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Thread: R1b-Z2103 & R1b Early Subclades project

  1. #1
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    Post R1b-Z2103 & R1b Early Subclades project

    I renamed the R1b Basal subclades project to the "Z2103 & R1b Early Subclades" project

    The URL is still the same, R1b Basal subclades, but the majority of the project work is on Z2103 and this will make it easier to find for those people. The word "basal" is appropriate but most people don't understand what that means.

    The Y Classic report has been restructured to an objective subgrouping method. Every branch on the FTDNA haplotree is now represented as a subgroup. I use the SNP path / bread crumb trail method of naming each branch.

    This gives you a view of ancient clade mates that are beyond FTDNA matching limits.

    The subgroups are indexed to conform to the same order as the FTDNA tree.
    https://www.familytreedna.com/public...R;name=R-Z2103

    Here is the Y classic report. Z2103 starts at index number 30000 and is color coded in shades of green.
    https://www.familytreedna.com/public...frame=yresults

    Other early branching subclades are still supported equally with the new detailed breakouts. These subclades include V88, PF7589, etc.

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  3. #2
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    Quote Originally Posted by TigerMW View Post
    I renamed the R1b Basal subclades project to the "Z2103 & R1b Early Subclades" project

    The URL is still the same, R1b Basal subclades, but the majority of the project work is on Z2103 and this will make it easier to find for those people. The word "basal" is appropriate but most people don't understand what that means.

    The Y Classic report has been restructured to an objective subgrouping method. Every branch on the FTDNA haplotree is now represented as a subgroup. I use the SNP path / bread crumb trail method of naming each branch.

    This gives you a view of ancient clade mates that are beyond FTDNA matching limits.

    The subgroups are indexed to conform to the same order as the FTDNA tree.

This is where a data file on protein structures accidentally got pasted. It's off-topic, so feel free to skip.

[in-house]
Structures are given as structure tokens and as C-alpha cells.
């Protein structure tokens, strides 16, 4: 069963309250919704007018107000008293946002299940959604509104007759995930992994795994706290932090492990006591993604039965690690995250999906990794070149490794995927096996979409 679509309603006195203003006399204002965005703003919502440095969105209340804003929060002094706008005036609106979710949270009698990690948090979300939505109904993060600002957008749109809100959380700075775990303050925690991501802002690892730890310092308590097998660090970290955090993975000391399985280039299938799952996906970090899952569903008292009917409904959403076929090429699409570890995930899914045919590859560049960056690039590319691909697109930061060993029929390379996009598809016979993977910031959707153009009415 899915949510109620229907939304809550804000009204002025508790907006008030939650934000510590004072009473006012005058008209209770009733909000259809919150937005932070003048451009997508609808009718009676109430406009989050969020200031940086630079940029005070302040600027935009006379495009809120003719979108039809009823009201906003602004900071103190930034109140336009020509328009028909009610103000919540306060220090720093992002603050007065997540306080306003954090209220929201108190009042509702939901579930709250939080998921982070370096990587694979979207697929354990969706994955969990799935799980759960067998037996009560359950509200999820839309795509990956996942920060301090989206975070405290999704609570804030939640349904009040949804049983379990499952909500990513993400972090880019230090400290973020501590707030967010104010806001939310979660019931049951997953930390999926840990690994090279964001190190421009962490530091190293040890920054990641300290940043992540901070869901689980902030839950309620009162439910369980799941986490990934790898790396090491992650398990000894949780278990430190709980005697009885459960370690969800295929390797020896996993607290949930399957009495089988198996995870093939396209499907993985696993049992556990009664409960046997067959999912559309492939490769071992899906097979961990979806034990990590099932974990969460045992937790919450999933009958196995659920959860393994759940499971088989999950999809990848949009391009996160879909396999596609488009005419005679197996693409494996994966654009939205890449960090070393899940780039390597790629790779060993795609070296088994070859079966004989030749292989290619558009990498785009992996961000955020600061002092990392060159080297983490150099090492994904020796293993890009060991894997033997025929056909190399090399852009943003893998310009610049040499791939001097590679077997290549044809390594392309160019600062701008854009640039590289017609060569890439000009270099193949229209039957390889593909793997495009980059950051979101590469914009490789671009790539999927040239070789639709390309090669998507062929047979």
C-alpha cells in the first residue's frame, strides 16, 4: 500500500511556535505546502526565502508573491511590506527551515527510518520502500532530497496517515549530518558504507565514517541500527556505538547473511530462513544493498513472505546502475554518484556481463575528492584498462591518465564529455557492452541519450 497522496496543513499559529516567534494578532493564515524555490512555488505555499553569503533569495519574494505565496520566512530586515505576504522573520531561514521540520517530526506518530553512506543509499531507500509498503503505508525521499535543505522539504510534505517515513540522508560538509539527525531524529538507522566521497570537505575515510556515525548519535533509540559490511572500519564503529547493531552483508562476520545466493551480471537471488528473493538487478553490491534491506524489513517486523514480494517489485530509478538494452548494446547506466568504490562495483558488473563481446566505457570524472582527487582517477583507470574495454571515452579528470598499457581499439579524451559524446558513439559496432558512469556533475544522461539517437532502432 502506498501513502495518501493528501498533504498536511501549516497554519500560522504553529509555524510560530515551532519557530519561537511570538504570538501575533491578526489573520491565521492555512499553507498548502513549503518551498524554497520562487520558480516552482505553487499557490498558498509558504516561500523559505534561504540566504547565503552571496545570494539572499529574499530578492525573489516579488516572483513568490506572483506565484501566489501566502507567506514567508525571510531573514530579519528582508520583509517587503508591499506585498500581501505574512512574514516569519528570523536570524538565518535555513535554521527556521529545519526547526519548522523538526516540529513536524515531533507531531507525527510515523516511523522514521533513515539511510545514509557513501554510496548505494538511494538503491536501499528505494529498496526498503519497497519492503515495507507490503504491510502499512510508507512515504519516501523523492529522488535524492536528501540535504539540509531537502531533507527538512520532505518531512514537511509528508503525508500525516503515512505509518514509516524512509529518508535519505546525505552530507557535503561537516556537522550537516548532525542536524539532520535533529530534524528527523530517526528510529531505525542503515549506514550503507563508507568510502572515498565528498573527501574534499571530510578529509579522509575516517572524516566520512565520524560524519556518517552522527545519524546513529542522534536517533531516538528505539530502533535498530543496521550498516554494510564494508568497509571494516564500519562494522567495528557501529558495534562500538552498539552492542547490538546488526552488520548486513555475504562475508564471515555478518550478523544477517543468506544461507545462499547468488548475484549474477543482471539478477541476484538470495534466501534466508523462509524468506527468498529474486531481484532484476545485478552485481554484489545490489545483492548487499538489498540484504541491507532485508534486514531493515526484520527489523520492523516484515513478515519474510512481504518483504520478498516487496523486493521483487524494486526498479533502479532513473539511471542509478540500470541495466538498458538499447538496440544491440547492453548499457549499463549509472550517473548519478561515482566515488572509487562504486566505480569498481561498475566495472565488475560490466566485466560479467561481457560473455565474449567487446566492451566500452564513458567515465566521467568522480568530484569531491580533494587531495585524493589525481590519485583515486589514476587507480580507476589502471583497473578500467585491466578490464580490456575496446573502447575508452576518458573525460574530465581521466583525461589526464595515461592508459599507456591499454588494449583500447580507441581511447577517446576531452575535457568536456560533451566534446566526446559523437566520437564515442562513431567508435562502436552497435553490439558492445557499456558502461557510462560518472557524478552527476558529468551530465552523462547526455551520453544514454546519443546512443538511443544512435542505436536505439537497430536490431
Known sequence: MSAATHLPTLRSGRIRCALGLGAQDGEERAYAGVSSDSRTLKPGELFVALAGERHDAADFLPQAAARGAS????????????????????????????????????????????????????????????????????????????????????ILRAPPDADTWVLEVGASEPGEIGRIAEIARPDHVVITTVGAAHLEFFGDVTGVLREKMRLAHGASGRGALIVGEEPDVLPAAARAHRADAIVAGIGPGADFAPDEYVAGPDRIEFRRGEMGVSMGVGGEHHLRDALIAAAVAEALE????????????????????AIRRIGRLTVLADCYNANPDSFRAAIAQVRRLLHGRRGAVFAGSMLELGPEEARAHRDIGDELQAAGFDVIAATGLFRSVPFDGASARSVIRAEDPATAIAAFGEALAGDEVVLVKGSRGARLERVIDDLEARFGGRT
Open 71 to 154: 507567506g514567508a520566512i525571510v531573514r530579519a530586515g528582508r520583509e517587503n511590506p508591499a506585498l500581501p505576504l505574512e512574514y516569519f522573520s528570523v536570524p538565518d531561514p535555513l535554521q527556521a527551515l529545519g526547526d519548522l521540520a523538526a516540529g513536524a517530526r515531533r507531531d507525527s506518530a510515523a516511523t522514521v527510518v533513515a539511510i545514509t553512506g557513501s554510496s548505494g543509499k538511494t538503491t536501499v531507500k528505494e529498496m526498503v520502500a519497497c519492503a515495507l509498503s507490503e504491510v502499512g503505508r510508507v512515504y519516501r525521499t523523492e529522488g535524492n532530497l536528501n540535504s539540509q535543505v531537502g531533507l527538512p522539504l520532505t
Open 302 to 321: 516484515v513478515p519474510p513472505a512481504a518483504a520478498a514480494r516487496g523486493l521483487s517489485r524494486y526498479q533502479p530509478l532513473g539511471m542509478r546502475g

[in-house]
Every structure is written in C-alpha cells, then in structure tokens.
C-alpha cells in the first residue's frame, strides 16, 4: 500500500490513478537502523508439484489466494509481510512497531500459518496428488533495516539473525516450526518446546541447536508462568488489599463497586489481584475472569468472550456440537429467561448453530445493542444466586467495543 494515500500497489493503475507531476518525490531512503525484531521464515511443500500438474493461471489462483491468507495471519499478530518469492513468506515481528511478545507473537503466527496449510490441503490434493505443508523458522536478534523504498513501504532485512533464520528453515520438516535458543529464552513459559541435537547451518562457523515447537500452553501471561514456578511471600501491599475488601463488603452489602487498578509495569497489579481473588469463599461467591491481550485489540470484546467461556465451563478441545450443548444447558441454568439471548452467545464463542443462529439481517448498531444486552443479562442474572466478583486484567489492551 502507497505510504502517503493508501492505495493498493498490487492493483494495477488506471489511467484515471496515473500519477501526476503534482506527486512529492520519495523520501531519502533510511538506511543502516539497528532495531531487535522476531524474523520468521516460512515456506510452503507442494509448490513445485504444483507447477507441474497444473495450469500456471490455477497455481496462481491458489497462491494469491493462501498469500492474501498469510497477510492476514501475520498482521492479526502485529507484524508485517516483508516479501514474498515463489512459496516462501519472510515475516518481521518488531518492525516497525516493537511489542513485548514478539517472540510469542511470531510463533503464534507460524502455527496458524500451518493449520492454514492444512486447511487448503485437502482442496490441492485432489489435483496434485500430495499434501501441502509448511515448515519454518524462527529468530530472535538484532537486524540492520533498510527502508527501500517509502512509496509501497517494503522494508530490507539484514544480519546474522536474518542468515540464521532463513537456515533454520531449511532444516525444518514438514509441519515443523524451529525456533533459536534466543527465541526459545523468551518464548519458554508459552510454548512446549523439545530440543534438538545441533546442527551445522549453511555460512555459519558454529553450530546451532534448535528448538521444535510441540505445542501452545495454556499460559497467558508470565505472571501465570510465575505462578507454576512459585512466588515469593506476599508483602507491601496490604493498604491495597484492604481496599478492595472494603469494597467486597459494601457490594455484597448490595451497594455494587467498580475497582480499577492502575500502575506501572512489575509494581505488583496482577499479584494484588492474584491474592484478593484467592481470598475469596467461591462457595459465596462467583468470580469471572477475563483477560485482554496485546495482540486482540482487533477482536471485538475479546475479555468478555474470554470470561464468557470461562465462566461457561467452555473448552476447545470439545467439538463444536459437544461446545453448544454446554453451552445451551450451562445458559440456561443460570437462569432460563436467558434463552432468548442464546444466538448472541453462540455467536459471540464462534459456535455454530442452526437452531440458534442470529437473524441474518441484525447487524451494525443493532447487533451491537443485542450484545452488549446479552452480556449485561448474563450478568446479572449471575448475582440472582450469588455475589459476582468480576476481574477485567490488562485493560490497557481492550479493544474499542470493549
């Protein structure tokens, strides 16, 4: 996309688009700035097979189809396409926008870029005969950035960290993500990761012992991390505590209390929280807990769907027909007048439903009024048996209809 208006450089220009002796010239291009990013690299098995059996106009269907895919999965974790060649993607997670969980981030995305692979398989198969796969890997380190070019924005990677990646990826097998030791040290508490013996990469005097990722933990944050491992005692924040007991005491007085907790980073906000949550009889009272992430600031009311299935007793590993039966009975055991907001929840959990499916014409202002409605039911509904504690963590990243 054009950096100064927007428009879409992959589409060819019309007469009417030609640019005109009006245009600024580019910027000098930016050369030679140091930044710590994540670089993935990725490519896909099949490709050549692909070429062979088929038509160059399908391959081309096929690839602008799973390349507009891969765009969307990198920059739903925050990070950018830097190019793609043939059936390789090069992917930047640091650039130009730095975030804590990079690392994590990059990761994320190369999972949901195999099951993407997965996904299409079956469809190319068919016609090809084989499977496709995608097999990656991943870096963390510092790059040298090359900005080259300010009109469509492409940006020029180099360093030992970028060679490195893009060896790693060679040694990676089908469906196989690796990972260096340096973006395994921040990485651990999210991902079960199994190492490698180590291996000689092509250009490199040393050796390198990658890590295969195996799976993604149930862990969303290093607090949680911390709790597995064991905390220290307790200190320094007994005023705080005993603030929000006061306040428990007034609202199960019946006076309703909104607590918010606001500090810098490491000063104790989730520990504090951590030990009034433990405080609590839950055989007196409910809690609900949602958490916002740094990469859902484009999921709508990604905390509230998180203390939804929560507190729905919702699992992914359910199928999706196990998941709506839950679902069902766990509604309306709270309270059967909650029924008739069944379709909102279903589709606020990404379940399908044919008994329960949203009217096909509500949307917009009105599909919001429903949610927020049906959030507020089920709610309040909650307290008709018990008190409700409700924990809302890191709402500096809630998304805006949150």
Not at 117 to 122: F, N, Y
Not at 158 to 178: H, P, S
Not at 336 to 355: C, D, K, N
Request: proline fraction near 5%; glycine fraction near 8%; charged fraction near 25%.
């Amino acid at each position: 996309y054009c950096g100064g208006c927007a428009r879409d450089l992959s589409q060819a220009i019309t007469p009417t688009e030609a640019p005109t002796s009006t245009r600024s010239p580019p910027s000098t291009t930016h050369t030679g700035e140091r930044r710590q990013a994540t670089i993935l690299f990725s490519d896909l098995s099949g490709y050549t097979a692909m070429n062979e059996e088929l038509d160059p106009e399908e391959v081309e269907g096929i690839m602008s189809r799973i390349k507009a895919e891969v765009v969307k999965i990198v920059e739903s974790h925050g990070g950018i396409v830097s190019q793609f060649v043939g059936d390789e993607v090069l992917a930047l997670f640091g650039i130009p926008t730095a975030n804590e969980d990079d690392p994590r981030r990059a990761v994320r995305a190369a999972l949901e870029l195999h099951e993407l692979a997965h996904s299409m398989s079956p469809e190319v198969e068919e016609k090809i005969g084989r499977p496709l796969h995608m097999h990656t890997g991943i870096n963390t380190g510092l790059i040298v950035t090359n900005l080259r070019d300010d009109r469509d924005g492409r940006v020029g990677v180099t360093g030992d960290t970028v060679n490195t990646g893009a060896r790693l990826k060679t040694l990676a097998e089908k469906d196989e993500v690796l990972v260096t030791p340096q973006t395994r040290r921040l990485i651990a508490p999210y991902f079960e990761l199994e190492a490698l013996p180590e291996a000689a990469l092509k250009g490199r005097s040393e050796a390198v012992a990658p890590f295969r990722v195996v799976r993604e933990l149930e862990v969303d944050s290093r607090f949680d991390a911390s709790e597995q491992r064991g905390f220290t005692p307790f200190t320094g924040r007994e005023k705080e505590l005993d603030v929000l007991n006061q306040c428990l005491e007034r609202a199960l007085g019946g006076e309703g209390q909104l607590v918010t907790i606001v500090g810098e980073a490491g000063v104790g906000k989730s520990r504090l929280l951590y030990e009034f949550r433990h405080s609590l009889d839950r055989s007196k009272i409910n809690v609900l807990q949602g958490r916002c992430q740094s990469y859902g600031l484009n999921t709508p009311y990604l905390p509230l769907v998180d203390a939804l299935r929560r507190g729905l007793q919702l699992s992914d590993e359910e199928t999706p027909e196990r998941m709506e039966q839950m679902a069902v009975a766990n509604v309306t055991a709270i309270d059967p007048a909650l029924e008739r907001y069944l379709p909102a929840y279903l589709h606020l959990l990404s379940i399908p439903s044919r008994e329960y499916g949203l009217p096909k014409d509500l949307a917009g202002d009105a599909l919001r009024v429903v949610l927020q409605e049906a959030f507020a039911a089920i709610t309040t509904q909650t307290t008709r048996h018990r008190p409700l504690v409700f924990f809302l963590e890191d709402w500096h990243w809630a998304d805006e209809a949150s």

https://www.familytreedna.com/public...R;name=R-Z2103

    Here is the Y classic report. Z2103 starts at index number 30000 and is color coded in shades of green.
    https://www.familytreedna.com/public...frame=yresults

    Other early branching subclades are still supported equally with the new detailed breakouts. These subclades include V88, PF7589, etc.
    Good work, Mike. We all appreciate the time you put into this.
    yDNA: R1b-BY17850 (England?)
    Maternal grandfather (MDKA: Johannes Nicholas Schaefer, Saxony-Anhalt, Germany) - yDNA: R1b-U106, mtDNA: T2b
    Maternal grandmother (MDKA: Angelina Centrella, Avellino, Campania, Italia) - mtDNA: HV4a1


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    I appreciate your work, too, Mike. You've done a lot for all of us over the years.

    Here's something that has troubled me for quite a while, which has nothing to do with you. It's the idea that modern men of the 21st century can belong to "basal" or "early" subclades of Y-DNA haplogroup R, or of any haplogroup, for that matter.

    That notion is misleading, because all Y-DNA haplogroups with surviving members are equally "basal" and equally "early". There aren't any modern men who are Y-DNA throwbacks to the trunk or even the branches of the phylogenetic tree. We're all out on modern twigs. It's just that some of those twigs are known and have been named, and others have not, because not enough representatives have been subjected to NGS Y-DNA testing.

    Not too many years ago, most of us R1b guys were "R1b-M269", way back down the tree from where we are now known to be. How "basal" and "early" we were!

    I remember one goofy guy on Rootsweb who expressed the opinion that M269 was as far as it went for most of us, and that R1b resolution would never get any further or better than what was known back then: S28 (U152), S21 (U106), M222, and M153.

    Most of us were consigned to what was regarded back then as "Cro-Magnon" status.

    Hilarious to think of it now, and some of us knew even back then that it was ridiculous.

    So, anyway, I don't like designators like "basal" and "early", unless they are being applied to archaeogenetic samples from truly basal or early skeletons like Mal'ta Boy. Those monikers don't fit any modern man.
    Last edited by rms2; 12-17-2020 at 12:34 PM.

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    Quote Originally Posted by rms2 View Post